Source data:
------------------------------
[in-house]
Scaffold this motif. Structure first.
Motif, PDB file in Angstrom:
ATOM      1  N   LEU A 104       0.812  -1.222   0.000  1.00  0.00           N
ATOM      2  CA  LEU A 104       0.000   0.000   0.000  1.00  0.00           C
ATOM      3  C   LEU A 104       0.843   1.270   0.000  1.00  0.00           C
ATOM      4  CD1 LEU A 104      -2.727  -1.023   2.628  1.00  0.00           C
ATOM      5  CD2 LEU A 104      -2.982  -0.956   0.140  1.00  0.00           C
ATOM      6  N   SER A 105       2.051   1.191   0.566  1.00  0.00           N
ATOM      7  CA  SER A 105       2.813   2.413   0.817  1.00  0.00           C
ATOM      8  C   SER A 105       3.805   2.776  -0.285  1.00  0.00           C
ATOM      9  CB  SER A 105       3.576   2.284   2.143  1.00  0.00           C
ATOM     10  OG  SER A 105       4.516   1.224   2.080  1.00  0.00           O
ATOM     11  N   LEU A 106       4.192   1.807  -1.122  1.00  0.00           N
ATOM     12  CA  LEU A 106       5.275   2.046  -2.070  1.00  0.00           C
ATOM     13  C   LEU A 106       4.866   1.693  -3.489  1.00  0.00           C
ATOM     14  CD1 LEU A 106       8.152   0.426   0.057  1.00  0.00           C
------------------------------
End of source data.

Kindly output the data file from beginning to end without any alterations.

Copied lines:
[in-house]
Scaffold this motif. Structure first.
Motif, PDB file in Angstrom:
ATOM      1  N   LEU A 104       0.812  -1.222   0.000  1.00  0.00           N
ATOM      2  CA  LEU A 104       0.000   0.000   0.000  1.00  0.00           C
ATOM      3  C   LEU A 104       0.843   1.270   0.000  1.00  0.00           C
ATOM      4  CD1 LEU A 104      -2.727  -1.023   2.628  1.00  0.00           C
ATOM      5  CD2 LEU A 104      -2.982  -0.956   0.140  1.00  0.00           C
ATOM      6  N   SER A 105       2.051   1.191   0.566  1.00  0.00           N
ATOM      7  CA  SER A 105       2.813   2.413   0.817  1.00  0.00           C
ATOM      8  C   SER A 105       3.805   2.776  -0.285  1.00  0.00           C
ATOM      9  CB  SER A 105       3.576   2.284   2.143  1.00  0.00           C
ATOM     10  OG  SER A 105       4.516   1.224   2.080  1.00  0.00           O
ATOM     11  N   LEU A 106       4.192   1.807  -1.122  1.00  0.00           N
ATOM     12  CA  LEU A 106       5.275   2.046  -2.070  1.00  0.00           C
ATOM     13  C   LEU A 106       4.866   1.693  -3.489  1.00  0.00           C
ATOM     14  CD1 LEU A 106       8.152   0.426   0.057  1.00  0.00           C